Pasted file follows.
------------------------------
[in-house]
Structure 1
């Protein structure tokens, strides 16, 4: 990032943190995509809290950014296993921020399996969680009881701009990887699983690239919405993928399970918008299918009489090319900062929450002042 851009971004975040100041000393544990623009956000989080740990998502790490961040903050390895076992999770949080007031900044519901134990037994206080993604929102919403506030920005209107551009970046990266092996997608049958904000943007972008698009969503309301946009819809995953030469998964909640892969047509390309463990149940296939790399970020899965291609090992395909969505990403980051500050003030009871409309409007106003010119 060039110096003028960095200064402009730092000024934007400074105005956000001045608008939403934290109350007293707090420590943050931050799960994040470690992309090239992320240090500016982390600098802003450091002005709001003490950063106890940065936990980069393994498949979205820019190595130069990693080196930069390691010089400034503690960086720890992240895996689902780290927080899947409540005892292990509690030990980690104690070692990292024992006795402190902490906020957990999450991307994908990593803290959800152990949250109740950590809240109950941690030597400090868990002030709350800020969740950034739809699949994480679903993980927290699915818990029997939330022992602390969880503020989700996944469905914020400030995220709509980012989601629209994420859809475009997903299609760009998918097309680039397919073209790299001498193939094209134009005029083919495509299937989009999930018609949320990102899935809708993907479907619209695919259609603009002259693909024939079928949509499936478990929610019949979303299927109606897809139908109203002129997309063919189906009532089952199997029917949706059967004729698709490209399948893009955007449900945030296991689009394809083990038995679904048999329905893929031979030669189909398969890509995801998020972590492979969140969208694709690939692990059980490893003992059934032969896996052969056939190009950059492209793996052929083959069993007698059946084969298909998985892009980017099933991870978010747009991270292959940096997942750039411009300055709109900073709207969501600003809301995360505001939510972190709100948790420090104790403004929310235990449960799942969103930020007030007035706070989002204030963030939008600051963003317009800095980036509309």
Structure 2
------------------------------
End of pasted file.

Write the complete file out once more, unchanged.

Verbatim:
[in-house]
Structure 1
């Protein structure tokens, strides 16, 4: 990032943190995509809290950014296993921020399996969680009881701009990887699983690239919405993928399970918008299918009489090319900062929450002042 851009971004975040100041000393544990623009956000989080740990998502790490961040903050390895076992999770949080007031900044519901134990037994206080993604929102919403506030920005209107551009970046990266092996997608049958904000943007972008698009969503309301946009819809995953030469998964909640892969047509390309463990149940296939790399970020899965291609090992395909969505990403980051500050003030009871409309409007106003010119 060039110096003028960095200064402009730092000024934007400074105005956000001045608008939403934290109350007293707090420590943050931050799960994040470690992309090239992320240090500016982390600098802003450091002005709001003490950063106890940065936990980069393994498949979205820019190595130069990693080196930069390691010089400034503690960086720890992240895996689902780290927080899947409540005892292990509690030990980690104690070692990292024992006795402190902490906020957990999450991307994908990593803290959800152990949250109740950590809240109950941690030597400090868990002030709350800020969740950034739809699949994480679903993980927290699915818990029997939330022992602390969880503020989700996944469905914020400030995220709509980012989601629209994420859809475009997903299609760009998918097309680039397919073209790299001498193939094209134009005029083919495509299937989009999930018609949320990102899935809708993907479907619209695919259609603009002259693909024939079928949509499936478990929610019949979303299927109606897809139908109203002129997309063919189906009532089952199997029917949706059967004729698709490209399948893009955007449900945030296991689009394809083990038995679904048999329905893929031979030669189909398969890509995801998020972590492979969140969208694709690939692990059980490893003992059934032969896996052969056939190009950059492209793996052929083959069993007698059946084969298909998985892009980017099933991870978010747009991270292959940096997942750039411009300055709109900073709207969501600003809301995360505001939510972190709100948790420090104790403004929310235990449960799942969103930020007030007035706070989002204030963030939008600051963003317009800095980036509309």
Structure 2